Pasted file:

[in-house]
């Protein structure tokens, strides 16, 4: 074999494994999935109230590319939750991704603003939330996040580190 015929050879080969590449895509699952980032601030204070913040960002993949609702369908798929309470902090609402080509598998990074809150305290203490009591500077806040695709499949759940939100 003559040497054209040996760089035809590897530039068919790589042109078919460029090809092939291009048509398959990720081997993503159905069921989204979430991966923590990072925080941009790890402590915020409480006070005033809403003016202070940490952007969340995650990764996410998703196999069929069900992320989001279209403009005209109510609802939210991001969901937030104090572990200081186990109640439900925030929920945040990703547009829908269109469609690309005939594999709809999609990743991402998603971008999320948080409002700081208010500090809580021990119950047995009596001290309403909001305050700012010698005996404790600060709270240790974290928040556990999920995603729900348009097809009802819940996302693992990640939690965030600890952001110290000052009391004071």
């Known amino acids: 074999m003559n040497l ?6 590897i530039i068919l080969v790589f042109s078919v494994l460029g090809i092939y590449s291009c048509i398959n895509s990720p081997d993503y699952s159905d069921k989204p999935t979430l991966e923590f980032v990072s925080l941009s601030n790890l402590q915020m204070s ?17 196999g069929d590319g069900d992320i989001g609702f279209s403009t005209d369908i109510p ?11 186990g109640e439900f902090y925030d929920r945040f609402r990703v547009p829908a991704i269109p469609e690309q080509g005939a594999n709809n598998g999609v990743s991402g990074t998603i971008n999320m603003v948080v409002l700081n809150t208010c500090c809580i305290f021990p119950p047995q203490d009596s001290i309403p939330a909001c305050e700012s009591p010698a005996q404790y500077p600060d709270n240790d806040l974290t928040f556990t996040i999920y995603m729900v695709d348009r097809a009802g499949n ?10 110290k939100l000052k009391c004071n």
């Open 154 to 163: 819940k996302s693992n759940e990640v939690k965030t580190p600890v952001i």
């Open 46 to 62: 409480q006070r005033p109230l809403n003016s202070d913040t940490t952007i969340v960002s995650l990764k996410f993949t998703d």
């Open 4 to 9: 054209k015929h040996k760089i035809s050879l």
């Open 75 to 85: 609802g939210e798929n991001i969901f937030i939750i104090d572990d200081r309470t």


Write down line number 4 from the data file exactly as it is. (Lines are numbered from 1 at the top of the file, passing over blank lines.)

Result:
């Open 154 to 163: 819940k996302s693992n759940e990640v939690k965030t580190p600890v952001i």